McDonough got an MBA at Chicago Booth School of Business and was an intern and associate at Credit Suisse in New York. After a stint as finance director and treasurer at high-end grocery chain Fairway Market Group, she returned to banking with a job at JPMorgan, where she spent more than six years with the retail and consumer investment-banking team.

Rivian, meanwhile, was looking to bolster its leadership as it sought to turn from a startup into a legitimate vehicle manufacturer. While looking for a CFO in 2020, RJ Scaringe, Rivian’s founder and CEO, approached Peloton Interactive Inc.’s Jill Woodworth, according to people familiar with the discussions.

Woodworth didn’t want to leave the fitness-equipment maker, but she recommended McDonough and made the introduction. The pair had worked together previously at JPMorgan, and Woodworth subsequently insisted that McDonough be part of the bank’s team that co-led Peloton’s 2019 IPO.

With no experience as a CFO or in the auto industry, McDonough’s hiring 14 months ago didn’t cause much of a splash. It wasn’t until Rivian’s own IPO this past November that the logic began to prove out. The blockbuster offering was one of the half-dozen largest in U.S. history.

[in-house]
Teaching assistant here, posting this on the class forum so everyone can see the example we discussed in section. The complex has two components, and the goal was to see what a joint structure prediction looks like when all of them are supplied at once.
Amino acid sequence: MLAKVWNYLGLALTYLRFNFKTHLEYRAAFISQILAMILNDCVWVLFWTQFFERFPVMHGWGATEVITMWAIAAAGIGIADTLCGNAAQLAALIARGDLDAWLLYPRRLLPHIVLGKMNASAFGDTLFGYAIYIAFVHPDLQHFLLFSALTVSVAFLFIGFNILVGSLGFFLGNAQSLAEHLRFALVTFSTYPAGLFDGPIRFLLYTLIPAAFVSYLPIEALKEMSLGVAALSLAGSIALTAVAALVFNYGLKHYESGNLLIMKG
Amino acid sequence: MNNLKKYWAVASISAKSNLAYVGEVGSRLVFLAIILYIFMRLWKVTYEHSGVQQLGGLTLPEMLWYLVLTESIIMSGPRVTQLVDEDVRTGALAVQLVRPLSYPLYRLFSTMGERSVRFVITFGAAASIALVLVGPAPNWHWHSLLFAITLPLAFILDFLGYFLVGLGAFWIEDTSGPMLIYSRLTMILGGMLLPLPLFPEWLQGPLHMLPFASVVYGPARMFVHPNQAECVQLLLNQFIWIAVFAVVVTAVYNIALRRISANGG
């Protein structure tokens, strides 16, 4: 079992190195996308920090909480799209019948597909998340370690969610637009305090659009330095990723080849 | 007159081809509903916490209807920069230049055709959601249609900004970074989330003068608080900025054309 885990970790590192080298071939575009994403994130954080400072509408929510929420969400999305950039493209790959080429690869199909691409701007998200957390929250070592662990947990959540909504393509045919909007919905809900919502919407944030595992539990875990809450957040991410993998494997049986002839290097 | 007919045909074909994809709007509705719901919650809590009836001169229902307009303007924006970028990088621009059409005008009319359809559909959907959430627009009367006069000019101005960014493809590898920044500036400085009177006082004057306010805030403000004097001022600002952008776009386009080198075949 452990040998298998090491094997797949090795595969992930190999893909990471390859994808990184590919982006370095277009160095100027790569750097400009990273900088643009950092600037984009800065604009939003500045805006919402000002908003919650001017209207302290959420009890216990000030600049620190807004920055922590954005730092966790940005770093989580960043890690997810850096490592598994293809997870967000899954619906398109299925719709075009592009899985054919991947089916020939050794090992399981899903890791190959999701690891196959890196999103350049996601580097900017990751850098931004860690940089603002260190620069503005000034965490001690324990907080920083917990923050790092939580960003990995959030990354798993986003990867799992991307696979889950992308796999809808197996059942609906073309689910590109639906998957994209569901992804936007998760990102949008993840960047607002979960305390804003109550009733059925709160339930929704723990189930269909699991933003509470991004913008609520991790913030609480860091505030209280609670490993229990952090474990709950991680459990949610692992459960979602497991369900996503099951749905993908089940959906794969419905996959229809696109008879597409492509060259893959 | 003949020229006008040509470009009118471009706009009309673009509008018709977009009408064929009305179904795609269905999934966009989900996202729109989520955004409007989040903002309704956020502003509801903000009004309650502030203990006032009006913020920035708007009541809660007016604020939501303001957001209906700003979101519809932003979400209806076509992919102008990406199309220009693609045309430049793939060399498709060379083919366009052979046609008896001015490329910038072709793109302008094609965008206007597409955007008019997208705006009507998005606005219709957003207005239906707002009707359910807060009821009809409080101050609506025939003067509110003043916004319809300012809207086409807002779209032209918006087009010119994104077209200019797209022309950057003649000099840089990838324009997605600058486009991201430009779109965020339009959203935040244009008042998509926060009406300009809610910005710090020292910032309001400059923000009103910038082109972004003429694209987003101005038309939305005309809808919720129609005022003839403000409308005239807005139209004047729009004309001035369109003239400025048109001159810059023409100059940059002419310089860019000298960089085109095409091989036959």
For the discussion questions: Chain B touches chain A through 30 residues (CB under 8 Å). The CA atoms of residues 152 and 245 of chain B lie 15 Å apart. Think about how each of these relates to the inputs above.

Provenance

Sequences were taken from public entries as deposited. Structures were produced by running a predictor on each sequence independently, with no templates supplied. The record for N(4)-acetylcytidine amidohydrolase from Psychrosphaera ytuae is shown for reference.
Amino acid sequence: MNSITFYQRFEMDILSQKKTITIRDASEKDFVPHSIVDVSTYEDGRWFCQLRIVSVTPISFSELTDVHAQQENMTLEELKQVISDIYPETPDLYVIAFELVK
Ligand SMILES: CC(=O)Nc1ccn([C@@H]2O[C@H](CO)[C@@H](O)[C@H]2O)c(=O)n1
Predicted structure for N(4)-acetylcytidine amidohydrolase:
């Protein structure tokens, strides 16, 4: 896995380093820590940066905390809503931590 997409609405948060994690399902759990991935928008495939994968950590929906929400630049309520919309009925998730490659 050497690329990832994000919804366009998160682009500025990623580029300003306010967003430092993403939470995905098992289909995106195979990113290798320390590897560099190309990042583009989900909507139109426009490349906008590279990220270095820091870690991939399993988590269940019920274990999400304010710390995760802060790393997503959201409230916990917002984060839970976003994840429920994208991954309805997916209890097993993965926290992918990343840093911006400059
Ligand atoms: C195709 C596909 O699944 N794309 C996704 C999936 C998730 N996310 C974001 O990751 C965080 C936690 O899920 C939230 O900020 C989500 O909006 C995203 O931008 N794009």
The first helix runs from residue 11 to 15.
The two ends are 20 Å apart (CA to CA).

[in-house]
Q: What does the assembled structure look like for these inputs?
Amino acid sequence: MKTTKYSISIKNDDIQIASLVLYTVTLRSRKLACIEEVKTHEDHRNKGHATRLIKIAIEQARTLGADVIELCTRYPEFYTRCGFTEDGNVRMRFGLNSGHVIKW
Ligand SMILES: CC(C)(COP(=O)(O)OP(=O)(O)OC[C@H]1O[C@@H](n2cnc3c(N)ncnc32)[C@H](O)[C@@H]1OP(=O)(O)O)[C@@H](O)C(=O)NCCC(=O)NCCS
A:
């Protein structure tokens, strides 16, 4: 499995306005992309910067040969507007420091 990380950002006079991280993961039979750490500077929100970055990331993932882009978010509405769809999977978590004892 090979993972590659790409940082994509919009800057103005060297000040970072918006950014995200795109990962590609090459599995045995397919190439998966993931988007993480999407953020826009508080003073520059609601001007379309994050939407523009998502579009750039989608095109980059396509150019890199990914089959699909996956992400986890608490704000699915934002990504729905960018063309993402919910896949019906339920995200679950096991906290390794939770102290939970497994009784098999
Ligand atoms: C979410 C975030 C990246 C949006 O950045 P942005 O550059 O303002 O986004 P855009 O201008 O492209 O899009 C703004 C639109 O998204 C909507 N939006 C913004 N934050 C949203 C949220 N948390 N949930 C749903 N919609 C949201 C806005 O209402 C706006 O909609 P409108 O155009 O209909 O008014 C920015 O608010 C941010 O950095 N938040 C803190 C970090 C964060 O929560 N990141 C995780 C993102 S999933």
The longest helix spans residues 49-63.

McDonough, the mother of two small kids, describes herself as the “partner in crime” to Rivian’s charismatic CEO. In searching for a CFO, the company wanted someone who could complement Scaringe’s vision and, when necessary, provide a dissenting voice.

“The best CFOs are not just a bookkeeper. They are making active and strategic decisions with the CEO,” said Wells Fargo analyst Colin Langan. Having to “manage the visionary” will be an important role for McDonough, he said.

McDonough has started to establish a more public profile, jumping in on earnings conference calls at times to offer more detail. Rivian insiders describe McDonough as a “killer” — strong on strategy, not afraid to speak up and fluent in the capital markets. But they also caution that she has little operating experience.

She got a lesson in the pitfalls of operational missteps this month.

Rivian raised sticker prices as much as 20 percent on its consumer models, including for previously placed orders, leading to cancellations by angry customers. McDonough and her team were lead proponents of the higher prices, arguing behind the scenes that they were necessary to achieve profitability in the long run, according to people familiar with the matter.

Just days later, Rivian reinstated the original prices for existing pre-order customers. It kept the higher prices for new orders after March 1, saying that the supply-chain crunch was boosting input costs.